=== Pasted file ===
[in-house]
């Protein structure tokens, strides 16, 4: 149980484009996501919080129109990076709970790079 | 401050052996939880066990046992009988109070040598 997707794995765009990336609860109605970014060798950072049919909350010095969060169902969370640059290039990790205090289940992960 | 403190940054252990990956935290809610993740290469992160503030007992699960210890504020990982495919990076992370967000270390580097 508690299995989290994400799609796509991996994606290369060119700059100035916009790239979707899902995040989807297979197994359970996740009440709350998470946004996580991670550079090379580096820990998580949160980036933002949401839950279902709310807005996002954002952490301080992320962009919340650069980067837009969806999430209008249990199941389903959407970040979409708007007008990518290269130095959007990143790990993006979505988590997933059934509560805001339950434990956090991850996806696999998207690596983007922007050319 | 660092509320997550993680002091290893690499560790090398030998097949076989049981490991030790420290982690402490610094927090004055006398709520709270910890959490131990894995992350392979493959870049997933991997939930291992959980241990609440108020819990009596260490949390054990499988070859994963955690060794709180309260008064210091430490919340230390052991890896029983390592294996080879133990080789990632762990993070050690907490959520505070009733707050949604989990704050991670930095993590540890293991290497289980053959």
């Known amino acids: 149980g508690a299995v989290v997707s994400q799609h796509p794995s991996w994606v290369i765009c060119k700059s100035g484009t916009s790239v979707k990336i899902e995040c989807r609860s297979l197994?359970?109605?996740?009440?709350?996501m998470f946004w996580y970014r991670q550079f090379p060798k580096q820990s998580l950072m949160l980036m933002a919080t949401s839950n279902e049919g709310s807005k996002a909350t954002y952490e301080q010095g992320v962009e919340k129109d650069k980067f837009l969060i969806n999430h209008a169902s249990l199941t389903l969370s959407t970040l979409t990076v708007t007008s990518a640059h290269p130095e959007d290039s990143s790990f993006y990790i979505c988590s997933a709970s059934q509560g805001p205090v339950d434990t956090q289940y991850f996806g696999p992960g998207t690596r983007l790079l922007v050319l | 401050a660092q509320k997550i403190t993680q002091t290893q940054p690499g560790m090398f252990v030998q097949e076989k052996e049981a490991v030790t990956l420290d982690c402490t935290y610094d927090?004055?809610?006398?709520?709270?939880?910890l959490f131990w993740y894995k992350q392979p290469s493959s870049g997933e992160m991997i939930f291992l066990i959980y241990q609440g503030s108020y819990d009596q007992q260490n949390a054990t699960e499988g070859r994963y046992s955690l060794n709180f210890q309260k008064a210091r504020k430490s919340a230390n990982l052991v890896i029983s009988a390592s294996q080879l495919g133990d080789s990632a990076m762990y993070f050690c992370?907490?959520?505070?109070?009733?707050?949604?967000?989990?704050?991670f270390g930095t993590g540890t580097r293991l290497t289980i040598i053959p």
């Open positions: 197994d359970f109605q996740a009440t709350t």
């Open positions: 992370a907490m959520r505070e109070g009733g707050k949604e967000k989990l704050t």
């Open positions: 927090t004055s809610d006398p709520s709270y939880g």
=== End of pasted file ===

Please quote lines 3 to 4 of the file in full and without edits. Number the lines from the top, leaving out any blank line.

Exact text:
């Known amino acids: 149980g508690a299995v989290v997707s994400q799609h796509p794995s991996w994606v290369i765009c060119k700059s100035g484009t916009s790239v979707k990336i899902e995040c989807r609860s297979l197994?359970?109605?996740?009440?709350?996501m998470f946004w996580y970014r991670q550079f090379p060798k580096q820990s998580l950072m949160l980036m933002a919080t949401s839950n279902e049919g709310s807005k996002a909350t954002y952490e301080q010095g992320v962009e919340k129109d650069k980067f837009l969060i969806n999430h209008a169902s249990l199941t389903l969370s959407t970040l979409t990076v708007t007008s990518a640059h290269p130095e959007d290039s990143s790990f993006y990790i979505c988590s997933a709970s059934q509560g805001p205090v339950d434990t956090q289940y991850f996806g696999p992960g998207t690596r983007l790079l922007v050319l | 401050a660092q509320k997550i403190t993680q002091t290893q940054p690499g560790m090398f252990v030998q097949e076989k052996e049981a490991v030790t990956l420290d982690c402490t935290y610094d927090?004055?809610?006398?709520?709270?939880?910890l959490f131990w993740y894995k992350q392979p290469s493959s870049g997933e992160m991997i939930f291992l066990i959980y241990q609440g503030s108020y819990d009596q007992q260490n949390a054990t699960e499988g070859r994963y046992s955690l060794n709180f210890q309260k008064a210091r504020k430490s919340a230390n990982l052991v890896i029983s009988a390592s294996q080879l495919g133990d080789s990632a990076m762990y993070f050690c992370?907490?959520?505070?109070?009733?707050?949604?967000?989990?704050?991670f270390g930095t993590g540890t580097r293991l290497t289980i040598i053959p």
């Open positions: 197994d359970f109605q996740a009440t709350t």